An article in the National Rifle Association's magazine suggested that several factors -- including being a woman who chooses to wear Spandex at night, having PTSD, or being dependent on drugs or alcohol -- increases a person's “Vulnerability Index,” before suggesting that people can significantly reduce their vulnerability by buying a gun.
Contrary to the NRA's claim about gun ownership reducing risk, research has indicated time and time again that gun ownership does not increase a household's safety; rather it increases the risk of death due to homicide, suicide, or accident.
A February 18 article in the NRA's magazine America's 1st Freedom discussed the concept of a “Vulnerability Index” -- a way for people to examine how vulnerable they are to a violent attack so they can consider “doing something about it.”
The article included a litany of ways that people supposedly make themselves more vulnerable, before assigning point values to things that they can do to reduce their vulnerability. The article posited that gun ownership reduces vulnerability far more than any other listed factor.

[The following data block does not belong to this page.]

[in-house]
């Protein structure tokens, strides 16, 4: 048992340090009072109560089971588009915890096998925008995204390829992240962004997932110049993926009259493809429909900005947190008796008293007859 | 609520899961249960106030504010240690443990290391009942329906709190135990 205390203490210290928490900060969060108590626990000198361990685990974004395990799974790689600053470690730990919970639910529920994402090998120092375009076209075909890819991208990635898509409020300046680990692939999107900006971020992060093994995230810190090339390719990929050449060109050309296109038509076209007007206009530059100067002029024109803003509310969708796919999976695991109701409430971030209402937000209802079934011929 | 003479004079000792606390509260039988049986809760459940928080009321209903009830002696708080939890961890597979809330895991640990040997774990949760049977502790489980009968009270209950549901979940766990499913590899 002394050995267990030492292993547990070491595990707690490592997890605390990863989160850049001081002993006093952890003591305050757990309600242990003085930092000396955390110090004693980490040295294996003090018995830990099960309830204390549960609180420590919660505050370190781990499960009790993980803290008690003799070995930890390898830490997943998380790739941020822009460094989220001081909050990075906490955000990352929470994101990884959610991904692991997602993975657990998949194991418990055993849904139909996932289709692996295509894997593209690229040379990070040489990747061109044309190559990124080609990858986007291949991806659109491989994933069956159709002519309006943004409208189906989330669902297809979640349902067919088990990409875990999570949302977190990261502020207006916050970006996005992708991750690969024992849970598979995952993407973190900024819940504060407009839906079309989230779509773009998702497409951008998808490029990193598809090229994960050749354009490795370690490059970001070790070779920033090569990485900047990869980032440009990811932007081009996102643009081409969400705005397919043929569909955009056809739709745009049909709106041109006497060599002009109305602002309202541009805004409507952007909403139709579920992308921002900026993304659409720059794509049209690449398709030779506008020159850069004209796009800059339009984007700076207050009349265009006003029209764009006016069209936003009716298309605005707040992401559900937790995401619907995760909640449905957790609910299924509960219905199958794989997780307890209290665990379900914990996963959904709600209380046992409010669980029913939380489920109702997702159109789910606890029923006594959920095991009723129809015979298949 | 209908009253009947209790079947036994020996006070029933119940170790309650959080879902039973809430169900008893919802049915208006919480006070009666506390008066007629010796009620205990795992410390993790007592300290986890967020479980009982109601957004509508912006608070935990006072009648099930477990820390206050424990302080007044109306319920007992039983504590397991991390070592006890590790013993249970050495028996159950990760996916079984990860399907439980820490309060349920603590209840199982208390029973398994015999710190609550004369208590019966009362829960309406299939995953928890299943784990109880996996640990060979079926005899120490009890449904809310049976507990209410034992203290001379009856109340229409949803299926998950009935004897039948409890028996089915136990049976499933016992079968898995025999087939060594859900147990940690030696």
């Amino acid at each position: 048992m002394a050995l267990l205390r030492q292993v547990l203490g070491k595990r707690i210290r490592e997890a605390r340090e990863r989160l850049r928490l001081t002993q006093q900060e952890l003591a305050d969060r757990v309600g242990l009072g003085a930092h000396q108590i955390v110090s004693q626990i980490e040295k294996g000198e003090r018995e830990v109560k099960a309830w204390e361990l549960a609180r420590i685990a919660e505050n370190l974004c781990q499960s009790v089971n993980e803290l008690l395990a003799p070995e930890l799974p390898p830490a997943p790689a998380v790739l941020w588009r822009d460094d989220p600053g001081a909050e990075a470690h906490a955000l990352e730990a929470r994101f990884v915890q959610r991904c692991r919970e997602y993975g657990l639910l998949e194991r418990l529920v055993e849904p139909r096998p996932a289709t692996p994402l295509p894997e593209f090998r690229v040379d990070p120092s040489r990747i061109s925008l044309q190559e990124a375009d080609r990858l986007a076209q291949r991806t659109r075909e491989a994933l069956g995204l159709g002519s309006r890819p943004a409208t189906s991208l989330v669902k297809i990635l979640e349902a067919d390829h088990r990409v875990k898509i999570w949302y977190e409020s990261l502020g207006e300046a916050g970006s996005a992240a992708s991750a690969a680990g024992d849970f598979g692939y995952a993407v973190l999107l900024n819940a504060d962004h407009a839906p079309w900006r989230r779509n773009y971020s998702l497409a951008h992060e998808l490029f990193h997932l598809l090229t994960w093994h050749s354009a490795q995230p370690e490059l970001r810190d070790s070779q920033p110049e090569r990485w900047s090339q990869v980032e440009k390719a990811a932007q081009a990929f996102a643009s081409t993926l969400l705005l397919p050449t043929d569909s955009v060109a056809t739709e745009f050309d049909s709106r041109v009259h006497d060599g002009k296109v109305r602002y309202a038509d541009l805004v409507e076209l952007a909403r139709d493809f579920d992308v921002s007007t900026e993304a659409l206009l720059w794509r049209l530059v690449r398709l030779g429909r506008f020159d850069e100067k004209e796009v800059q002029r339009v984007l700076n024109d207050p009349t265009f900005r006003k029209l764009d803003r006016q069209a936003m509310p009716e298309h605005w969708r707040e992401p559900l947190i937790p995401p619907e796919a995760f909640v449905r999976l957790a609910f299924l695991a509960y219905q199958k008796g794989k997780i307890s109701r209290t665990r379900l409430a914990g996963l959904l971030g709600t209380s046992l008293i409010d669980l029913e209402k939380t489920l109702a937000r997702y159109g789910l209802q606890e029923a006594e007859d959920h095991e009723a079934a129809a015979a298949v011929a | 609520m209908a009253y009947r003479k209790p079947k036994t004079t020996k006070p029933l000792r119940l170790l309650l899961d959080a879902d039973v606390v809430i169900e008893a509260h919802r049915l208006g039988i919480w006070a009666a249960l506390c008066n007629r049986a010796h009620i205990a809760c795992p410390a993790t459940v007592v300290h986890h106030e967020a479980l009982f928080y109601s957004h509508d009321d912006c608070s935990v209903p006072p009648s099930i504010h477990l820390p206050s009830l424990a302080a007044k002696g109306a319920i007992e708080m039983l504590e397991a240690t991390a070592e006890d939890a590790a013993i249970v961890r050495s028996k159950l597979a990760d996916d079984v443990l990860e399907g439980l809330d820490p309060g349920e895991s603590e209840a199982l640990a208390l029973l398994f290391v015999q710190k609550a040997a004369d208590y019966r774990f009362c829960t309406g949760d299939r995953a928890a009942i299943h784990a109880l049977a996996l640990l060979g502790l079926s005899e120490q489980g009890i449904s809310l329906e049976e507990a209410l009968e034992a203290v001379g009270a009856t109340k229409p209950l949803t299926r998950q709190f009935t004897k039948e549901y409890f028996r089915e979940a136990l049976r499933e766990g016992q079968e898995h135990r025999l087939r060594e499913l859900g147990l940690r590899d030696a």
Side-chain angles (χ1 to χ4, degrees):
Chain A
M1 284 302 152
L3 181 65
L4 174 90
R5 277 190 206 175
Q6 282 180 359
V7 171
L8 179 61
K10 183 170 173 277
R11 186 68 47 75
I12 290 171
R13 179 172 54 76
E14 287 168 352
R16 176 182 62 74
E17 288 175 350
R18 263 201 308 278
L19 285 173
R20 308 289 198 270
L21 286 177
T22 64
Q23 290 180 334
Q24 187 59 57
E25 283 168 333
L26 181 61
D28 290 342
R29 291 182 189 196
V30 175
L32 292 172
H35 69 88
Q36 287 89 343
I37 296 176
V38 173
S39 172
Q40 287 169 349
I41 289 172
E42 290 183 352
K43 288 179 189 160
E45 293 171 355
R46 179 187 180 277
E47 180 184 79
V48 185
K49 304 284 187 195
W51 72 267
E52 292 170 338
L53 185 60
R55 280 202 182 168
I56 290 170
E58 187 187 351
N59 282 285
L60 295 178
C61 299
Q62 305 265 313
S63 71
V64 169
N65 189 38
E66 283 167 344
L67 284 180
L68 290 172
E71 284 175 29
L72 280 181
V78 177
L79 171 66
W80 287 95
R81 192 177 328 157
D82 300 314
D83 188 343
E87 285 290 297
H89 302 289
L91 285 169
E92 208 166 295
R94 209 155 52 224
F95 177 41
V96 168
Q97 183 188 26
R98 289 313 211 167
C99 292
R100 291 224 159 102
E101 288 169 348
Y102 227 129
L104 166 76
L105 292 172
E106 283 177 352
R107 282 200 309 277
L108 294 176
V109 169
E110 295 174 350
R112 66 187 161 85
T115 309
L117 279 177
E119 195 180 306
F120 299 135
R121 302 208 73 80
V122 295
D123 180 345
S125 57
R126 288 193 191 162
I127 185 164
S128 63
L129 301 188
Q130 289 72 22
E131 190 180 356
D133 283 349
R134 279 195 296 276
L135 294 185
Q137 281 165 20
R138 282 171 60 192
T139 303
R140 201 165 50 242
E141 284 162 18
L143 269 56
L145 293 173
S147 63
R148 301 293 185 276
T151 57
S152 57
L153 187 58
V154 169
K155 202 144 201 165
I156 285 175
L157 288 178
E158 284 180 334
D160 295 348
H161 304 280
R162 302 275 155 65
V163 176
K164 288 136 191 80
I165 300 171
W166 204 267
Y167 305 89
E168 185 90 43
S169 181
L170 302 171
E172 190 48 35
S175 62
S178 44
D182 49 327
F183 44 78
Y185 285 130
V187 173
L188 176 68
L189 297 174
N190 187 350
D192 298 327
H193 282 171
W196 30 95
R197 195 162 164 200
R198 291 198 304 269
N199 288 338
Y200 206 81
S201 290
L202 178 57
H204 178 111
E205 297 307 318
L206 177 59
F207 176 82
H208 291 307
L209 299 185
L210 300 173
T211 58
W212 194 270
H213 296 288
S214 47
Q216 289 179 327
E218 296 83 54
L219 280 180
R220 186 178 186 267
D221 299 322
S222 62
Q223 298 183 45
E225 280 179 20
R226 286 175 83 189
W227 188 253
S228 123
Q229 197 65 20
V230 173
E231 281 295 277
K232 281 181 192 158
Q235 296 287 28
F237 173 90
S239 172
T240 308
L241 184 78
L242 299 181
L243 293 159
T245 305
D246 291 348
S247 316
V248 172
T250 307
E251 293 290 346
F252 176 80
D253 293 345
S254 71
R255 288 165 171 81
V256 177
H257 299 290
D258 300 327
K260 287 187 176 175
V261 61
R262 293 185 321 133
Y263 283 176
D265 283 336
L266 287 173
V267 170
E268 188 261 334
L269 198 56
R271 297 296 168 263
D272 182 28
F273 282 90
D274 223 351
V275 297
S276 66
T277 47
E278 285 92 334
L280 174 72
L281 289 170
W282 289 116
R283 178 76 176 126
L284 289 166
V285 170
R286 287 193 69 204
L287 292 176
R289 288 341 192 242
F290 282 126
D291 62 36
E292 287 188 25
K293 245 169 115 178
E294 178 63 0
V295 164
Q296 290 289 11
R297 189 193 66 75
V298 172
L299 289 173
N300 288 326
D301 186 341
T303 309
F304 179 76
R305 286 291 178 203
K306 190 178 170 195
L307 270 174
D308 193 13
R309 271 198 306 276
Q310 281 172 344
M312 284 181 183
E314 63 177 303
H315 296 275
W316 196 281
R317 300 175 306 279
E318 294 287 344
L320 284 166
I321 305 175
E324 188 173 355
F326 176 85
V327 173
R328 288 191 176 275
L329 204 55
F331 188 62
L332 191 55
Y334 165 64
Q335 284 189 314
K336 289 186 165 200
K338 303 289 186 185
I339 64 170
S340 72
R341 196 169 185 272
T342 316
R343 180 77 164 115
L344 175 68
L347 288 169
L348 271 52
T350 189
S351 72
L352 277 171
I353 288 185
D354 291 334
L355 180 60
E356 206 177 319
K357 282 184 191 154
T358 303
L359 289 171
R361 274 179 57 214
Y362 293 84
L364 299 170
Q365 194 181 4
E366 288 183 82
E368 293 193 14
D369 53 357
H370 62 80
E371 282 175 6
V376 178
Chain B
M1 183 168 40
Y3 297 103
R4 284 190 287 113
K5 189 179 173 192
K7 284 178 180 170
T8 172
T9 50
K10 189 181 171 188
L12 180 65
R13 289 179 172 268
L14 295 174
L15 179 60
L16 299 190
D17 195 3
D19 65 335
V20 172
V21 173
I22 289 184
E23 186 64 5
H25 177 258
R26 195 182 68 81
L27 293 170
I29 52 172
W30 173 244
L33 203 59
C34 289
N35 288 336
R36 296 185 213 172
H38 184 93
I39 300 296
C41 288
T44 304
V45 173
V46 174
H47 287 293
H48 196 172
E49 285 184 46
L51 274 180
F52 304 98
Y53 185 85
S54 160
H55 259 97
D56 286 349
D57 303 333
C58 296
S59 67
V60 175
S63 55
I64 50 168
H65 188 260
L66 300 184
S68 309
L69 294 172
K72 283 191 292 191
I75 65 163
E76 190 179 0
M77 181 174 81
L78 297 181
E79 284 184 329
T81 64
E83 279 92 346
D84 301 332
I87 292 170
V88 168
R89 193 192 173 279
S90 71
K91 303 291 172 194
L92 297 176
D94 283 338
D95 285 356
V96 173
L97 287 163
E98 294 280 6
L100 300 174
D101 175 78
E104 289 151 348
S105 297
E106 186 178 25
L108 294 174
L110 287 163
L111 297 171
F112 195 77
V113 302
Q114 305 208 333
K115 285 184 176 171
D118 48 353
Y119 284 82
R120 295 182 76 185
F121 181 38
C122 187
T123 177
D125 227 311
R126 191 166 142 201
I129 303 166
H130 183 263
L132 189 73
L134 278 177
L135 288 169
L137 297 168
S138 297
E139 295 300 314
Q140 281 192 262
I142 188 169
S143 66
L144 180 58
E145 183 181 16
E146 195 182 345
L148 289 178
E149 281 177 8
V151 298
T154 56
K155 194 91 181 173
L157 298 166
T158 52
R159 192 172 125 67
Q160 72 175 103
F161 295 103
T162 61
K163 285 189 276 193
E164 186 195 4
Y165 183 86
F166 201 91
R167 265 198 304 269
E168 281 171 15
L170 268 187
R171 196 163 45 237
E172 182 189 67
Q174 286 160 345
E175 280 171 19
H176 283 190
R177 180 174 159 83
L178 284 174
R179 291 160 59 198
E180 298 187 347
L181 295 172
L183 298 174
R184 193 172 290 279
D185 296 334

Some of the premises for gun ownership offered by the NRA article, however, were bizarre.
Discussing risks “wrought by the daily choices we make” the NRA article imagined, “You're a woman carrying groceries to your car. In both hands. At night. Returning from the gym. In Spandex”:
While events ratchet risk levels up or down, those changes are dwarfed by those wrought by the daily choices we make. For example:
- You're a woman carrying groceries to your car. In both hands. At night. Returning from the gym. In Spandex. You're on the phone. Hello? Hello?
The article also lists having PTSD or “nagging chemical dependencies such as nicotine, alcohol and drugs” as other factors that increase vulnerability. (Under federal law, people who are addicted to controlled substances are legally prohibited from buying guns.)
Unsurprisingly, the article places gun ownership at the top of the list during an exercise in reducing one's “Vulnerability Index,” assigning firearm ownership -100 points, while being a daily exerciser earns -10 points, owning a dog -5 points, and living in a gated community -25 points.